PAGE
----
Friday, July 20 2018


Student exhibition honours Champa culture

Update: December, 01/2013 - 17:27
Heaven and earth: This panel features Hindu deities above and the daily life of Champa people at the bottom.

Silhouettes of Hindu and Buddhist deities offer visitors the chance to discover art produced during the Champa Kingdom, which ruled much of central and southern Viet Nam for centuries. Lan Dung reports.

The Champa Kingdom that ruled large areas of present-day central and southern Viet Nam until 1832, is known among scholars for its rich history, culture and art.

To honour their presence in Viet Nam, a group of high school and university students in Ha Noi has undertaken studies of the ancient Hindu, Buddhist and Muslim kingdom, and is now presenting their work at an exhibition in the capital.

Titled Vet Nang Thap Cham (Champa Rays of Sunshine), the show consists of 30 illuminated silhouettes of three powerful Hindu deities, Vishnu, Shiva and Brahma, and the beautiful red-brick towers in which they are still worshipped.

The idea of paying tribute to the unique arts of Champa came from student group leader Dinh Thao Linh. However, members were free to express their thoughts in their presentations.

"While we mostly copy original works of art, we add the surrounding patterns and arrange the artworks," Linh said. "We hope the exhibition will attract people fond of Champa arts - and also those who usually pay little attention to the nation's cultural heritage."

At the entrance to the exhibition, viewers are welcomed by sculpture styles from the kingdom's different dynasties. One painting depicts a fabulous My Son altar (E1) built in the first half of the 8th century in Quang Nam Province.

It contains a representation of Brahma or the God of Creation, being born from the navel of Vishnu or the God of Preservation. Another features the Buddhist Bodhisattva (Saint) Tara and other figures marking the arrival of Buddhism at the Champa court in the late ninth century.

Further inside, visitors are offered paintings inscribed with the students' own thoughts in Vietnamese, English and French. Images of Shiva or God of Destruction, and Ganesha, God of Success or carry the words Toi la than and Je suis un Dieu (I am God, We are gods). The student group also uses some old Champa script, based on Sanskrit, including the Sanskrit word "Om", which describes the sound of the universe.

Nguyen Minh Khang, a specialist from Viet Nam's Department of Cultural Heritage, said that the exhibition was impressive. "Champa culture has been brought to viewers through the language of art. I am in charge of Champa research and conservation, and I am prepared to help if the group is interested."

It took the group three months to prepare their project.

Nguyen Ngoc Mai, a student from Ha Noi University of Industrial Fine Arts, was in charge of the artwork. Together with other members, she researched information and drafted paintings based on a collection of documents.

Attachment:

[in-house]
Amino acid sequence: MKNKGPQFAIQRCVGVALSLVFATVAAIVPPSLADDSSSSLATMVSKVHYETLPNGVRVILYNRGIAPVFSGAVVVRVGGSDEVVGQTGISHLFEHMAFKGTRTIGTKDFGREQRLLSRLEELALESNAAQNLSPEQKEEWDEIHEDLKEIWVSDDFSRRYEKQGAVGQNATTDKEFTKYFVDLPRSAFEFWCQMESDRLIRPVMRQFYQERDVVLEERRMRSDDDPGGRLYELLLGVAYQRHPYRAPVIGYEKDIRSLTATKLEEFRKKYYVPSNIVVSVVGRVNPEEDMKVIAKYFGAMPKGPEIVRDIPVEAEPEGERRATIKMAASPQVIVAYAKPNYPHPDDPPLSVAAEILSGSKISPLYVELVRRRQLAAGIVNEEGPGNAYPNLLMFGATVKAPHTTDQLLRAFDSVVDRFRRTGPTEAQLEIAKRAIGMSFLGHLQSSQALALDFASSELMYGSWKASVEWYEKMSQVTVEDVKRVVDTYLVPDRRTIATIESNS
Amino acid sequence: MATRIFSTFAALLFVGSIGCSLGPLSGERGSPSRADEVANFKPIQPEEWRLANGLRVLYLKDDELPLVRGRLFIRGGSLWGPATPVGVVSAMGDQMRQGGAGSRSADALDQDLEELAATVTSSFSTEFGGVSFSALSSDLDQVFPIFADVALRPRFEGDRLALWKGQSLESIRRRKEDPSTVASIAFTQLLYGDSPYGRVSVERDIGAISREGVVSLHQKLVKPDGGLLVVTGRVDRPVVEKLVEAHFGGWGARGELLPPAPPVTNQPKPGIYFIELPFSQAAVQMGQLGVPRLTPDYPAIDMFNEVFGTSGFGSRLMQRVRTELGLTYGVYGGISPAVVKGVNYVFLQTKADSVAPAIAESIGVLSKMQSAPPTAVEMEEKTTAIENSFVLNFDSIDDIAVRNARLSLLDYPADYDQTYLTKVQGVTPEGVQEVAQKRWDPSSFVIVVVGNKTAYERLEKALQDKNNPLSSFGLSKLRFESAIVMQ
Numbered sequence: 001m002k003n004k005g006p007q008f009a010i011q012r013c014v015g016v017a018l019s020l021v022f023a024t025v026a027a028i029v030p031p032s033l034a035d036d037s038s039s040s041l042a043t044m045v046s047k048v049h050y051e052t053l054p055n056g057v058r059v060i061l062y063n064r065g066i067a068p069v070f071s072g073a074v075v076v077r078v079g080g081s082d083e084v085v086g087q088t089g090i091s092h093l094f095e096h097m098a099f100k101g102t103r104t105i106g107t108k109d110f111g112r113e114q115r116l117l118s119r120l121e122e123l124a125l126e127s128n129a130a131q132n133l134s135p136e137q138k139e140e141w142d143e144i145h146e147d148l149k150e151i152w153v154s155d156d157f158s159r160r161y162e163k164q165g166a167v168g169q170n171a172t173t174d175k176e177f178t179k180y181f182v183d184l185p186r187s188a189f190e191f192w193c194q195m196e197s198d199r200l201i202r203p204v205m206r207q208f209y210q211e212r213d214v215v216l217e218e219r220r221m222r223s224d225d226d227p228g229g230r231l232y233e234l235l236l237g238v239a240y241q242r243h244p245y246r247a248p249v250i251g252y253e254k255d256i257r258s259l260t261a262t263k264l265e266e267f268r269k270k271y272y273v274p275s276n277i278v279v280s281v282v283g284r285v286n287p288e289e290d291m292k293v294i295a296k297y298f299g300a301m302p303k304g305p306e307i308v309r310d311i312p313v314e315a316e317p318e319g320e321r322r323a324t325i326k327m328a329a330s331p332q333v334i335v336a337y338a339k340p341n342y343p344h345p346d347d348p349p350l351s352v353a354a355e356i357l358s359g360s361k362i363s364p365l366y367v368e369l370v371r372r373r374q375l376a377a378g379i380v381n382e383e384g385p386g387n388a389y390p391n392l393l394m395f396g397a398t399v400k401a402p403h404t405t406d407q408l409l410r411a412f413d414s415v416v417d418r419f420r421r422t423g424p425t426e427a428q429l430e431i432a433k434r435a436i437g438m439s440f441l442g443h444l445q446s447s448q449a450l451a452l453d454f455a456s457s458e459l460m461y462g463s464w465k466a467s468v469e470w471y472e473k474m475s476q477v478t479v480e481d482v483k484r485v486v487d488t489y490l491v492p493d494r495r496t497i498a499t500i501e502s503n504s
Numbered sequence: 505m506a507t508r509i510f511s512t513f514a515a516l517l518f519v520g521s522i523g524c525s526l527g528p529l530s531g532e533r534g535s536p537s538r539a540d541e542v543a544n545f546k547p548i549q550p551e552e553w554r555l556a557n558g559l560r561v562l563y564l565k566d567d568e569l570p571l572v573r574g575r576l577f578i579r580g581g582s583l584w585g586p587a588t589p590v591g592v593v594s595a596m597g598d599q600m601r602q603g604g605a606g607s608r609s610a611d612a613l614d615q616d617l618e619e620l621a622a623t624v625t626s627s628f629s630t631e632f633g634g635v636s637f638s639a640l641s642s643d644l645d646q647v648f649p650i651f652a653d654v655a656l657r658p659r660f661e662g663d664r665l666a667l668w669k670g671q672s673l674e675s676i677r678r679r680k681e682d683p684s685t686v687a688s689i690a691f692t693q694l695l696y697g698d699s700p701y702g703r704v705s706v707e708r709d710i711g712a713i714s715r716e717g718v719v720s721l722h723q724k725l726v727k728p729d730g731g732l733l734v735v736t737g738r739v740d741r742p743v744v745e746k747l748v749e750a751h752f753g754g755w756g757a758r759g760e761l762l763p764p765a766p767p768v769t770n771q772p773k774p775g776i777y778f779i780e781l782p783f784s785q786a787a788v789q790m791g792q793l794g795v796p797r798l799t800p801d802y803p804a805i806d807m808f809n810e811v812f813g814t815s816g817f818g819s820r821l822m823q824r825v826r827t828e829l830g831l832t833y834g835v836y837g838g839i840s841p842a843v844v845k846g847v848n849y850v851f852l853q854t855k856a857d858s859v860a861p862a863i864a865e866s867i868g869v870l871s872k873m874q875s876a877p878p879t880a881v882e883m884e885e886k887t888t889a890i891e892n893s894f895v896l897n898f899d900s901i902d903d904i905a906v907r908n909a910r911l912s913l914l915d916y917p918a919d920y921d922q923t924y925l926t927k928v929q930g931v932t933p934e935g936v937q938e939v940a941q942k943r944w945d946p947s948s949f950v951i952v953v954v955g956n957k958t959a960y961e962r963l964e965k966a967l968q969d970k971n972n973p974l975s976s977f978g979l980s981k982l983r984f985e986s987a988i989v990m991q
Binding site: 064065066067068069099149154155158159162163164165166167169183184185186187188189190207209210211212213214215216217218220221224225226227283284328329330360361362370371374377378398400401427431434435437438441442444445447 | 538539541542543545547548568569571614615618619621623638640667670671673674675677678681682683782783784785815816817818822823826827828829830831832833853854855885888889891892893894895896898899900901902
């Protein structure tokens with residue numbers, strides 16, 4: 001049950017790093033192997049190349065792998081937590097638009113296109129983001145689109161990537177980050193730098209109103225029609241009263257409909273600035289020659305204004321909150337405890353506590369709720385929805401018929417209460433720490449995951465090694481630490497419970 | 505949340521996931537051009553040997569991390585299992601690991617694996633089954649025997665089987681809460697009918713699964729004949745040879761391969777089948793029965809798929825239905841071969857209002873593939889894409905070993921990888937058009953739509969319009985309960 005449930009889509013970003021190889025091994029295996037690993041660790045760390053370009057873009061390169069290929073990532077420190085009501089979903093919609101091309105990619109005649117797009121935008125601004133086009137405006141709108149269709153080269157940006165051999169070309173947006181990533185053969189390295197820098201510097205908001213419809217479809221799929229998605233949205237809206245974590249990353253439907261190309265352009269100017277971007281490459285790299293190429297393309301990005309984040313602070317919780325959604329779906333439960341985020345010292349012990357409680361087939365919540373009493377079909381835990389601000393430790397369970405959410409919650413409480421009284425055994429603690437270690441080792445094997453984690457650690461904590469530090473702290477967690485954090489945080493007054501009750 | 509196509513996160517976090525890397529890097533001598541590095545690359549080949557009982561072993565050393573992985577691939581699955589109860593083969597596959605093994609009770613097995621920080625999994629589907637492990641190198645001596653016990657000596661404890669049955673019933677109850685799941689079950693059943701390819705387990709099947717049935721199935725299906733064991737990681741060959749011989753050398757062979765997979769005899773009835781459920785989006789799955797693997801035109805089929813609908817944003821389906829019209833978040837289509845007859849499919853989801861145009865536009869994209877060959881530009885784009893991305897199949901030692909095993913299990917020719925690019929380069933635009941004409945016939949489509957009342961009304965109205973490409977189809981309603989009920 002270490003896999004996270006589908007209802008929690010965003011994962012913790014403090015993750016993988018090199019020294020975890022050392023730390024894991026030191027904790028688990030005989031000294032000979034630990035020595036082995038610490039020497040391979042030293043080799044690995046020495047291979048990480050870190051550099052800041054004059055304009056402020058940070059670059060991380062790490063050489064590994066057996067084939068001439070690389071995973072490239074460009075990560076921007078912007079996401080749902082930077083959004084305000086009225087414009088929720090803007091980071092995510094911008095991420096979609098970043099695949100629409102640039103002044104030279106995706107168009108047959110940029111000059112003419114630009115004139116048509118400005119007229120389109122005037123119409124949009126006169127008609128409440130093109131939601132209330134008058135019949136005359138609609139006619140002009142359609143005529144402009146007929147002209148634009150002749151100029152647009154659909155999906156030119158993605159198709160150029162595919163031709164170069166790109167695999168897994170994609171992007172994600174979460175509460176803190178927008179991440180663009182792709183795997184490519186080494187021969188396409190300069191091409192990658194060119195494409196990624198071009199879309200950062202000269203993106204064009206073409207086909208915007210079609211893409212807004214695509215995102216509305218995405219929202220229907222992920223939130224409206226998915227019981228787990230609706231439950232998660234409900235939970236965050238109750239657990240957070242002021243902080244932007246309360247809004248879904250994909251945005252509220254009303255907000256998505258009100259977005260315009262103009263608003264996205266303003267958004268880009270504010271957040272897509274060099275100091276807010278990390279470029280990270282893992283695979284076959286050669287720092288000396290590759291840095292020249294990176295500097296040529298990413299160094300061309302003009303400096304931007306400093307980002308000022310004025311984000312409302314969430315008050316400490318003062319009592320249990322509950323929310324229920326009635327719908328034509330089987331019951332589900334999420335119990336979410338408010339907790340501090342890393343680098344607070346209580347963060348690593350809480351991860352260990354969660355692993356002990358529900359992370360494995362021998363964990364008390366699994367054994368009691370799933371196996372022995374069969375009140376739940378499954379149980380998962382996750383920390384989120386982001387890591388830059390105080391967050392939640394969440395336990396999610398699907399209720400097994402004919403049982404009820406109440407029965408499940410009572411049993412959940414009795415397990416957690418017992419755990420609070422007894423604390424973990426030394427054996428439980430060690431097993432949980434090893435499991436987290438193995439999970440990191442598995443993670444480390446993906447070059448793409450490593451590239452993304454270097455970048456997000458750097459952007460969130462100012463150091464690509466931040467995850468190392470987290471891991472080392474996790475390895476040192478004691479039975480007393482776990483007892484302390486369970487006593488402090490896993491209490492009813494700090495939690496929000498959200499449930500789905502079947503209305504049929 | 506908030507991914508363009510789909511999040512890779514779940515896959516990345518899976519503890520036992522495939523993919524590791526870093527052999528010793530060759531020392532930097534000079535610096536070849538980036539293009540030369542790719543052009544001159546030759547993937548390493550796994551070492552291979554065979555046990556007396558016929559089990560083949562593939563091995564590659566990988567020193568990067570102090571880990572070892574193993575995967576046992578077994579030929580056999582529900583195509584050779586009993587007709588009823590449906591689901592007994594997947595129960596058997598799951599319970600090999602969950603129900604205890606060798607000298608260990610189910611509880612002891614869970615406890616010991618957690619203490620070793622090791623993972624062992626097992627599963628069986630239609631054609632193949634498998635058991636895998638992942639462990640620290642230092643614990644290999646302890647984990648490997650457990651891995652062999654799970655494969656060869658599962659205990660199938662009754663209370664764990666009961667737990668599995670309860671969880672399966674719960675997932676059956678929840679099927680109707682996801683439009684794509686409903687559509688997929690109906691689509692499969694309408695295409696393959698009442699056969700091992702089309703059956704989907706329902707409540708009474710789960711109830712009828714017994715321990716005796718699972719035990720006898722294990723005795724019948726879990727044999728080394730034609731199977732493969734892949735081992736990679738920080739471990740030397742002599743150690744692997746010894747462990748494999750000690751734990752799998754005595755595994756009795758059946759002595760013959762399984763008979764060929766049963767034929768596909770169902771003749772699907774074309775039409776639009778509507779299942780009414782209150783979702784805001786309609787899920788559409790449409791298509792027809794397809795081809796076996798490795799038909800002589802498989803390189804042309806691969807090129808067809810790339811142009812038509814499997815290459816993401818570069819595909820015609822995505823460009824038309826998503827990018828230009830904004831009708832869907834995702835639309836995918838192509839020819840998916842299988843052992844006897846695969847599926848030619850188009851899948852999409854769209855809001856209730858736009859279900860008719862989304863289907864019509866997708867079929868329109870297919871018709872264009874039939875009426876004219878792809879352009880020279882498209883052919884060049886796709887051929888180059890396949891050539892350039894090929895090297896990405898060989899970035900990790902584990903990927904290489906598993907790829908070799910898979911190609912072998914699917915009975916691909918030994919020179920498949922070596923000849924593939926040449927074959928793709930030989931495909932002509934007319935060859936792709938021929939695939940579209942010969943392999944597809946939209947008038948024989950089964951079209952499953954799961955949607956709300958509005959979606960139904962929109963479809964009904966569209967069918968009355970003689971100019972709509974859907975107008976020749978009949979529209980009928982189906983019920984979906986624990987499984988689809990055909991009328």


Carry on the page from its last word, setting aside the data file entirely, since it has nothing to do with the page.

"We had lots of difficulties in finding written documents on Champa arts because information, especially in Vietnamese, is rare. However, we found some in English on the internet," she said.

The group was also under great pressure to complete 30 paintings. Linh said: "It was not so difficult for us to find subjects for one or two paintings, but for 30 it became difficult to unearth inspirations. However, we took on the challenge."

She said she believed that any difficulties would eventually be worth it. And she was right. The endless research to find material on Champa people taught group members precious lessons - and widened their knowledge of the Indian-based culture.

Ha Minh Tuan, curator of the exhibition, said that the group worked in a serious and strict manner. "The ideas were all from group members. I only gave them advice on the outline of the show. Their lighting and silhouettes still need some improvement, but they have become professional and I believe they will always keep their new found passion for the arts," he said.

Reviving interest

The student group, known as Lan Hoi (Restropection), was founded in August last year. It is aimed at bringing the arts closer to everyone, especially the younger generation.

Their first exhibition on Vietnamese history, held last November, attracted much attention considering that thousands of students received zero marks for their history papers in their entrance university exam that year.

However a second exhibition on the country's resistance against French colonialism held earlier this year was not as popular.

Then membership of the group fell from 47 to 10 as many students decided to go their own way. They could not figure out whether they were following the arts or were just researching history and culture.

Yet, the remainder still decided to open a third exhibition. "We were feeling dispirited. We argued with each other about our interest and how we could share it with others instead of just keeping it in our minds," founder Linh said.

Talking about the future, she said the group would re-define its potential. "We are not completely satisfied with what we have done; but we have plans. At present, we do not want to say anything in advance because of the old saying: "Don't count your chickens before they hatch."

The exhibition will continue at Mozek Cafe at 2 Cua Nam Street until December 6. — VNS

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